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Irish Independent
Irish Independent
Philip Pullela

Pope Francis praises late Cardinal George Pell for fighting corruption, but advocacy group calls for ‘restraint’

George Pell in 2018 after being convicted of child sex abuse. All his convictions were later overturned

Pope Francis yesterday praised the late Australian cardinal George Pell for persevering in trying times – a reference to when he spent more than a year in prison accused of child sexual abuse, before he was fully acquitted.

Francis, in an Italian-language message sent to the dean of the College of Cardinals, also thanked Mr Pell for laying the groundwork for Vatican financial reform with “determination and wisdom”.

Cardinal Pell died on Tuesday night in Rome of cardiac arrest while in a hospital for hip replacement surgery. He was 81 and had always maintained his innocence.

In his message to the dean, Francis said he was saddened by the news of Cardinal Pell’s sudden death and was grateful for his “coherent and committed” dedication.

Mr Pell’s body will most likely lie in state in a side chapel in St Peter’s Basilica, ahead of requiem mass there tomorrow.

SNAP, an advocacy group for victims of clerical sexual abuse, called on the Vatican to show “restraint” in funeral arrangements – “unless the hierarchy wants to deepen already deep wounds.”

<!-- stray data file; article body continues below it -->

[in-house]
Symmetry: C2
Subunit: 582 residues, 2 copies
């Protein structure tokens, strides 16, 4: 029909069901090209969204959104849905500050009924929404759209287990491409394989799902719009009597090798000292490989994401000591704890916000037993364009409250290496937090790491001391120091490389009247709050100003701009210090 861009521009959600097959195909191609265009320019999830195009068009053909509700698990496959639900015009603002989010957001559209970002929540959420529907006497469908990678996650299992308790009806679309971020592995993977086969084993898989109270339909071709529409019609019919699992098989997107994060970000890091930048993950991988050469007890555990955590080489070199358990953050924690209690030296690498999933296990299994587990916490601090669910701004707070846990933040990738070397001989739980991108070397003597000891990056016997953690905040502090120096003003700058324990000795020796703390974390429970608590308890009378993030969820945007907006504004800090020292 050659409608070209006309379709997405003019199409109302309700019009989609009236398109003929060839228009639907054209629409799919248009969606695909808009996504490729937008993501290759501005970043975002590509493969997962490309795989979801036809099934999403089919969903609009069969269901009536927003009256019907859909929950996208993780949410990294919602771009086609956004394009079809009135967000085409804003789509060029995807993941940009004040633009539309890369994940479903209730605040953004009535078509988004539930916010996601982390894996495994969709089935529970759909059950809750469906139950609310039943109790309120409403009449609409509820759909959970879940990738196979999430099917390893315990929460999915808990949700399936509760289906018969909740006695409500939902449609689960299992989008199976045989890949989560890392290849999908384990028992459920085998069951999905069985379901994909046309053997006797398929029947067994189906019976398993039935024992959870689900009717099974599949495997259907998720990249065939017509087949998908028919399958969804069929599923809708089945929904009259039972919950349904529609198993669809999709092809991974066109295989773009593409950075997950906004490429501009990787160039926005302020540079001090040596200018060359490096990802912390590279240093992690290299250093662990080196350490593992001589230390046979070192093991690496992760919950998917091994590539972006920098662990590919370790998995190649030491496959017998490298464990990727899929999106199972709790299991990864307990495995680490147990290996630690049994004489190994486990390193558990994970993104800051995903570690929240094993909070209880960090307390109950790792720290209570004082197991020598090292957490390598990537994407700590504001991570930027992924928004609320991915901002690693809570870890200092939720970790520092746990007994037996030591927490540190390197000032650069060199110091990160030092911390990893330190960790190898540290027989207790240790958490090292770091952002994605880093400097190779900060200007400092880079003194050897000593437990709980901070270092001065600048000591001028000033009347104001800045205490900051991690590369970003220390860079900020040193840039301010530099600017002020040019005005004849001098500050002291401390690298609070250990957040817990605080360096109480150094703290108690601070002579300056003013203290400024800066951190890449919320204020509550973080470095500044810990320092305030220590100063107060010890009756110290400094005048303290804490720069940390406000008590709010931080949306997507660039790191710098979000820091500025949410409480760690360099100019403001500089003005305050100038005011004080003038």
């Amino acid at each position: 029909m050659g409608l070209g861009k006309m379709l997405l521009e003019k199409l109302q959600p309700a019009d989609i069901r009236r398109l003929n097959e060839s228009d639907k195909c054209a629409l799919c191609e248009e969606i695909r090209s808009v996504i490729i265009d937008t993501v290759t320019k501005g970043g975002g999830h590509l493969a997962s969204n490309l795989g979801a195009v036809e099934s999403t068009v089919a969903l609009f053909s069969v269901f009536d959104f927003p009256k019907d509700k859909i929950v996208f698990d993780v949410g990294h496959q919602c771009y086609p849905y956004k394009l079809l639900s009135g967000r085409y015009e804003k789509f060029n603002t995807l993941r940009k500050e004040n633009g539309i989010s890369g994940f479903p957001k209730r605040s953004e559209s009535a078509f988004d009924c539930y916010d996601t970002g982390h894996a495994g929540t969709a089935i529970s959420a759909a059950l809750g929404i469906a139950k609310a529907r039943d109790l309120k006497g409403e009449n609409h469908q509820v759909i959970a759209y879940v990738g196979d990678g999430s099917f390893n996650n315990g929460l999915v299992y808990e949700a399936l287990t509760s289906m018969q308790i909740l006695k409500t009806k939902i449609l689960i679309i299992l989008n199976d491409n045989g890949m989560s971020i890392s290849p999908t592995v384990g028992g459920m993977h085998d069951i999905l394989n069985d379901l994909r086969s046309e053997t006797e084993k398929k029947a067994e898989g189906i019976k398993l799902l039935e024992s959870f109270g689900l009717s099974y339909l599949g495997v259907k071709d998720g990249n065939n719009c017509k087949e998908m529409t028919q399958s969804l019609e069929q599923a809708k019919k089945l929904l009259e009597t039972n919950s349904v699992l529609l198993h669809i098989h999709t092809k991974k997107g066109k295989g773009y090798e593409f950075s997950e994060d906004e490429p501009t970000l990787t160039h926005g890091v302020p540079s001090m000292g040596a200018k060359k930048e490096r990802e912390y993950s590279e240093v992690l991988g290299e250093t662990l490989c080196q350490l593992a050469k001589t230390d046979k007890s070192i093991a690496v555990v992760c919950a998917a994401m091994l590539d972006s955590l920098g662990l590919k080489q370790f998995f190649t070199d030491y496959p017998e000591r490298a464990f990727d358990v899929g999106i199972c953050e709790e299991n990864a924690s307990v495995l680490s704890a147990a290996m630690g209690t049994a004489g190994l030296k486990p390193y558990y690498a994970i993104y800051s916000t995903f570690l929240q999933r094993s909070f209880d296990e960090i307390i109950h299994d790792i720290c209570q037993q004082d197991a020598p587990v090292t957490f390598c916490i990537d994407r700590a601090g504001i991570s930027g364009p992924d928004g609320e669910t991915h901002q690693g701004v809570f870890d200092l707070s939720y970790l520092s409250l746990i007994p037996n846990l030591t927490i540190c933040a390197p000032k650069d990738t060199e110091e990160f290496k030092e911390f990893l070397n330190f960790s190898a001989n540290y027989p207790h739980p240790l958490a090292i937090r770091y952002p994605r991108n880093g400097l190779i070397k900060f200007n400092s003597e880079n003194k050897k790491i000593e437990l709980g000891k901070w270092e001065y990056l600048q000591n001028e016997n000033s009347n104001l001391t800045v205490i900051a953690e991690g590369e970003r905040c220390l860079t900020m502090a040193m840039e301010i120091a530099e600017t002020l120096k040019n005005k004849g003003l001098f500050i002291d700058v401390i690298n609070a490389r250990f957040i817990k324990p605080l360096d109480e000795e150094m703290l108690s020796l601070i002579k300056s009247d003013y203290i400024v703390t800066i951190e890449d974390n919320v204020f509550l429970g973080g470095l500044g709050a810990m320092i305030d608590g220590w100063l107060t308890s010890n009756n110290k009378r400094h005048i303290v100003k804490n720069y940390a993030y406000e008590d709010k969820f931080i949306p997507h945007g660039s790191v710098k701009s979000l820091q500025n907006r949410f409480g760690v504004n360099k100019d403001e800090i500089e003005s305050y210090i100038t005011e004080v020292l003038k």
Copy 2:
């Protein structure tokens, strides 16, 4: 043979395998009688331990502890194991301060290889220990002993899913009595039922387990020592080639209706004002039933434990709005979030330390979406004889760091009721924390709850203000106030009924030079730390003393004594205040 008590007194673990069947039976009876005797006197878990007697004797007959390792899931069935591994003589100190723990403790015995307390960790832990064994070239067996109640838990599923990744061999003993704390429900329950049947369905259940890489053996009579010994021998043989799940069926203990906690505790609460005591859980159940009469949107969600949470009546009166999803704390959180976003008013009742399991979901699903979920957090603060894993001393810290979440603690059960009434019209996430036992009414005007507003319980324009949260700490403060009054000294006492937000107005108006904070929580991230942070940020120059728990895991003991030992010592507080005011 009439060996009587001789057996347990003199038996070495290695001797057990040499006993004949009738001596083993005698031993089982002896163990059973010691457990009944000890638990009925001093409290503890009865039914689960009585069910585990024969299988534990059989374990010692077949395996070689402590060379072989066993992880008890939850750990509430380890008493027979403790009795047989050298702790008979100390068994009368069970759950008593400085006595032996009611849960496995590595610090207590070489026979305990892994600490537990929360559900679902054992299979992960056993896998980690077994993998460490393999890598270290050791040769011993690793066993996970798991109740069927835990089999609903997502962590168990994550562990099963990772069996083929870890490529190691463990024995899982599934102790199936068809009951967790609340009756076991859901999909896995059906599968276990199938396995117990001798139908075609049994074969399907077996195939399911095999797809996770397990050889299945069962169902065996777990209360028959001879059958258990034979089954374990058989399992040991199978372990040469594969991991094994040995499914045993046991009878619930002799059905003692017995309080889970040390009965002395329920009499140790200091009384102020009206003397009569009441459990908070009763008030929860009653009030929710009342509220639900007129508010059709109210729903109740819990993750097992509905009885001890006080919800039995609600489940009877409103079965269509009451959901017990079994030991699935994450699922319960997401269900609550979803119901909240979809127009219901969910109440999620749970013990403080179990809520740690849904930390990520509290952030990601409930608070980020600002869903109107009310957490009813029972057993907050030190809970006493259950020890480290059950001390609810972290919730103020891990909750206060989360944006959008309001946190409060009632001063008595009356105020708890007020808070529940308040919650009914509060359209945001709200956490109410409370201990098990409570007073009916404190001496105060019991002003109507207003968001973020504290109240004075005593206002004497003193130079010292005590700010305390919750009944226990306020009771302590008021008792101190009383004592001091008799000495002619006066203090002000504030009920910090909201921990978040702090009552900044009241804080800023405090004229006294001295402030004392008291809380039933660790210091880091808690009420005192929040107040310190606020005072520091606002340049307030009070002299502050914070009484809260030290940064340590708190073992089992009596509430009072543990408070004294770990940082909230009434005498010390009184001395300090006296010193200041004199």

A Catholic Church spokesperson in Australia said Cardinal Pell will be buried in St Mary’s Cathedral in Sydney, where he was an archbishop.

An Australian appeals court ruling in 2020 quashed convictions that Mr Pell sexually assaulted two choirboys in the 1990s. It allowed Cardinal Pell to walk free after 13 months in prison, ending the case of the most senior figure accused in the global scandal of historical sex abuse by clerics.

“Look, it was bad, it wasn’t like a holiday – but I don’t want to exaggerate how difficult it was. But there were many dark moments,” said Mr Pell in 2020. He later wrote a thee-volume prison journal.

He said the lowest point in his prison ordeal was when his first appeal was rejected in August 2019. “I was down. I was very disappointed. I came to be very cross,” he said. “But I said my prayers and got on with things.”

Cardinal Pell, a former archbishop of Melbourne and Sydney, was called by Pope Francis in 2014 to serve as Vatican economy minister – a post he held until taking a leave of absence in 2017 to return to Australia to face the charges.

At the Vatican, he encountered much resistance from the Italian “old guard” to reforms he wanted to enact. Last July, Pope Francis praised Cardinal Pell as “the genius” who insisted on an overarching method to control money flows and combat corruption.

Even before the sexual assault accusations, Cardinal Pell was a polarising figure who dominated the Australian hierarchy, revered by conservative Catholics for his opposition to same-sex marriage and women’s ordination.

He had lived in Rome since his acquittal and had several meetings with Pope Francis, often attending the pontiff’s masses. Francis praised him publicly after his return.

After his return to Rome, Cardinal Pell became a familiar face in the Vatican area, even though he was retired. His home became a focal point for conservatives preparing their platform for the eventual election of Francis’ successor. 

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